Impact on student satisfaction of the varying degrees and types of technology in college -based adult basic education programs




Riddle, Marlene A.

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This study focuses upon the use of technology by a group of 106 college-based adult basic education (ABE) students from different areas of the country. Statistical analyses of a Likert style questionnaire offered online investigates the impact of technology on student satisfaction with the ABE program The data presented suggest that there is substantial support to the fact that high use of technology leads to a high level of student satisfaction with the ABE program. ABE participants also report that their greatest satisfaction stems from “making improvement” and that the most important reason computers are used in their program is to “improve reading skills.”

Although there are many forms of illiteracy plaguing the U.S., community colleges, comprising 15% of adult literacy providers, continue to find innovative means and strategies to improve adult literacy. The National Adult Literacy Survey has defined a literate person as one who uses “printed and written information to function in society, to achieve one's goals, and to develop one's knowledge and potential” (U.S. Congress, 1993, pp. 3–4). ABE assists students whose skills are below the 8th-grade level and includes those who missed the opportunity to learn the basic reading, writing, or math skills.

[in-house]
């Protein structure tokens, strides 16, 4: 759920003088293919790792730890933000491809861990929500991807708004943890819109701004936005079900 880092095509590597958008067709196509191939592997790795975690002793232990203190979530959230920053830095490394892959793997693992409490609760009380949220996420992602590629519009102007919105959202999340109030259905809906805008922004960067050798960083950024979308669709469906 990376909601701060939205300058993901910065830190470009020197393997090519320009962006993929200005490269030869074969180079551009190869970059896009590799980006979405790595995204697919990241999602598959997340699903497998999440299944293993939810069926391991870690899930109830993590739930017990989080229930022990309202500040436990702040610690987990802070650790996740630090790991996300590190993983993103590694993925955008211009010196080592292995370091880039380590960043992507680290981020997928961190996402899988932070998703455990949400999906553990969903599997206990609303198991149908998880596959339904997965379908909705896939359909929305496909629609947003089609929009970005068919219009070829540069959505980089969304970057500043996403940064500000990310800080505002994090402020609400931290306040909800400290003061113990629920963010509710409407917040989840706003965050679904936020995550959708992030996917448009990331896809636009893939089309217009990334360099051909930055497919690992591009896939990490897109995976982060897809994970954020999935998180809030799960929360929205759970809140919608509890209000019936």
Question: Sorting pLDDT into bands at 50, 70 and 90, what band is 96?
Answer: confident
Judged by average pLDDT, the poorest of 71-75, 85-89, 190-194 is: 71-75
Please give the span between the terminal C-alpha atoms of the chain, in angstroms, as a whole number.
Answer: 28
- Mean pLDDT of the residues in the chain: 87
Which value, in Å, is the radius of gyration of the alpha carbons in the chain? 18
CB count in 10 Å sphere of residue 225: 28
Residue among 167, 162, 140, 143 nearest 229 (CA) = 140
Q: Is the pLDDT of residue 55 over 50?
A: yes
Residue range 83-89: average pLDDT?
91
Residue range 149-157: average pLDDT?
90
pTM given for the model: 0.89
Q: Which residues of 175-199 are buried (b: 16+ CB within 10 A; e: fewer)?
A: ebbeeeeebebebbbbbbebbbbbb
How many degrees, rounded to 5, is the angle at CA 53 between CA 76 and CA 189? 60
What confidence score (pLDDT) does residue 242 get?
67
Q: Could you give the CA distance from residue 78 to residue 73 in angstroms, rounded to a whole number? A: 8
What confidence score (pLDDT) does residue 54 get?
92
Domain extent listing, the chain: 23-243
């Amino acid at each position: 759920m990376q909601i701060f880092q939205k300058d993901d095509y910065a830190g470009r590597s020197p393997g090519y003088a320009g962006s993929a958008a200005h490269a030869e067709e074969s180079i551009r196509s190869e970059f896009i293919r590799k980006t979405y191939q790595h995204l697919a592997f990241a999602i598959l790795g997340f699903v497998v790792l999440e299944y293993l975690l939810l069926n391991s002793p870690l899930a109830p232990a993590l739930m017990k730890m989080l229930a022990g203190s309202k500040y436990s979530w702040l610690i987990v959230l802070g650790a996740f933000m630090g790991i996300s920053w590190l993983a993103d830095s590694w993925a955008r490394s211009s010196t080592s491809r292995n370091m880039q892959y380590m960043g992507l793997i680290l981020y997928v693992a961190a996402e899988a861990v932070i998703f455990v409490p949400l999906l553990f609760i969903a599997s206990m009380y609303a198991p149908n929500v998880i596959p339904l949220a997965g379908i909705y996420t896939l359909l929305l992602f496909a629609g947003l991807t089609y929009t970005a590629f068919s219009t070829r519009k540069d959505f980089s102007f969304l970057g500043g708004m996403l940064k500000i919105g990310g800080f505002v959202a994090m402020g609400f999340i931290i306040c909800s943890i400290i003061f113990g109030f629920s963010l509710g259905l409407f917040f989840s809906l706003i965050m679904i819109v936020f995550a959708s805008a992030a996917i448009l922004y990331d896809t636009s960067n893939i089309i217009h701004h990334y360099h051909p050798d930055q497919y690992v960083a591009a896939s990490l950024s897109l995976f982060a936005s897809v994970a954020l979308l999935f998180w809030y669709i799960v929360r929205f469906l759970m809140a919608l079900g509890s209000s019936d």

This study presents several views on how adults learn. Malcolm Knowles, the “father of andragogy” (Merriam, 2001), which is the art or science of helping adults learn, says that learning happens when it is learner-centered, when students realize their own potential, and when students are allowed control over the learning process (Merriam, 1993). The data presented in this study propose that technology supports and promotes these requisites. Innovative ABE programs, through computer-assisted learning, enhance student-centered instruction, with learners and teachers becoming partners in the learning process. This research implies that adult literacy programs can prepare participants for success in a society increasingly dependent upon technology.

ABE is far from being able to retain learners long enough to make significant changes in their literacy levels. However, technology has been successful in that direction, promoting motivation and satisfaction, drawing learners into programs, and holding their interest.



Education, Adult basic education, College-based, Student satisfaction, Technology